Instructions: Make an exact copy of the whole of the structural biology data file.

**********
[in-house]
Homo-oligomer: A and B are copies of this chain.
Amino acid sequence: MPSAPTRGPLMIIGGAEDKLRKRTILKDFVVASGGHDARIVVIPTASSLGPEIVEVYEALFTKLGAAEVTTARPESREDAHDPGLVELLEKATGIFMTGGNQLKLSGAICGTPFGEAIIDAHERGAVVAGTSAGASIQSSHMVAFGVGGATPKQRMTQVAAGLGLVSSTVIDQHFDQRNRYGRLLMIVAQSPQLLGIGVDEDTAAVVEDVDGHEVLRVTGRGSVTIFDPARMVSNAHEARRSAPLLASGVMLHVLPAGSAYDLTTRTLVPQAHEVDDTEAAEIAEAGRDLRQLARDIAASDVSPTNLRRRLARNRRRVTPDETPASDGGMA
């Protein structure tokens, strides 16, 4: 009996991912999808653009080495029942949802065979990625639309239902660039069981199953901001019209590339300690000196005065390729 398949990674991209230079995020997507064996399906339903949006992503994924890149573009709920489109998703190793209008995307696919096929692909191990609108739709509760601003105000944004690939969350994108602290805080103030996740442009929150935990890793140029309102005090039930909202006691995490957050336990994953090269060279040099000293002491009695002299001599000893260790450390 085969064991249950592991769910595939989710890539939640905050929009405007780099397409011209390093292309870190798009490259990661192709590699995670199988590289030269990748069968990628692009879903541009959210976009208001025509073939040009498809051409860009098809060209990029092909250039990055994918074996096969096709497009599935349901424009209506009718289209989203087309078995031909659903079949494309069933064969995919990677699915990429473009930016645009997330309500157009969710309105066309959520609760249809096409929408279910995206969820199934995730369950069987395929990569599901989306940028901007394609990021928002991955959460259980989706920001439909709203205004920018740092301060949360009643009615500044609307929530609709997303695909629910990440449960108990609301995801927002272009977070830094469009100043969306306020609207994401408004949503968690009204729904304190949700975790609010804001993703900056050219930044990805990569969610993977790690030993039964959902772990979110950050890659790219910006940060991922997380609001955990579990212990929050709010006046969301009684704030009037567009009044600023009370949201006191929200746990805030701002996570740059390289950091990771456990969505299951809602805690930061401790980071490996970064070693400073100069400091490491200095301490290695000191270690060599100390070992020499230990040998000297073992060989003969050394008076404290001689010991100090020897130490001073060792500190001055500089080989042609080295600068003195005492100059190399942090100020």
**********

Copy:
[in-house]
Homo-oligomer: A and B are copies of this chain.
Amino acid sequence: MPSAPTRGPLMIIGGAEDKLRKRTILKDFVVASGGHDARIVVIPTASSLGPEIVEVYEALFTKLGAAEVTTARPESREDAHDPGLVELLEKATGIFMTGGNQLKLSGAICGTPFGEAIIDAHERGAVVAGTSAGASIQSSHMVAFGVGGATPKQRMTQVAAGLGLVSSTVIDQHFDQRNRYGRLLMIVAQSPQLLGIGVDEDTAAVVEDVDGHEVLRVTGRGSVTIFDPARMVSNAHEARRSAPLLASGVMLHVLPAGSAYDLTTRTLVPQAHEVDDTEAAEIAEAGRDLRQLARDIAASDVSPTNLRRRLARNRRRVTPDETPASDGGMA
């Protein structure tokens, strides 16, 4: 009996991912999808653009080495029942949802065979990625639309239902660039069981199953901001019209590339300690000196005065390729 398949990674991209230079995020997507064996399906339903949006992503994924890149573009709920489109998703190793209008995307696919096929692909191990609108739709509760601003105000944004690939969350994108602290805080103030996740442009929150935990890793140029309102005090039930909202006691995490957050336990994953090269060279040099000293002491009695002299001599000893260790450390 085969064991249950592991769910595939989710890539939640905050929009405007780099397409011209390093292309870190798009490259990661192709590699995670199988590289030269990748069968990628692009879903541009959210976009208001025509073939040009498809051409860009098809060209990029092909250039990055994918074996096969096709497009599935349901424009209506009718289209989203087309078995031909659903079949494309069933064969995919990677699915990429473009930016645009997330309500157009969710309105066309959520609760249809096409929408279910995206969820199934995730369950069987395929990569599901989306940028901007394609990021928002991955959460259980989706920001439909709203205004920018740092301060949360009643009615500044609307929530609709997303695909629910990440449960108990609301995801927002272009977070830094469009100043969306306020609207994401408004949503968690009204729904304190949700975790609010804001993703900056050219930044990805990569969610993977790690030993039964959902772990979110950050890659790219910006940060991922997380609001955990579990212990929050709010006046969301009684704030009037567009009044600023009370949201006191929200746990805030701002996570740059390289950091990771456990969505299951809602805690930061401790980071490996970064070693400073100069400091490491200095301490290695000191270690060599100390070992020499230990040998000297073992060989003969050394008076404290001689010991100090020897130490001073060792500190001055500089080989042609080295600068003195005492100059190399942090100020």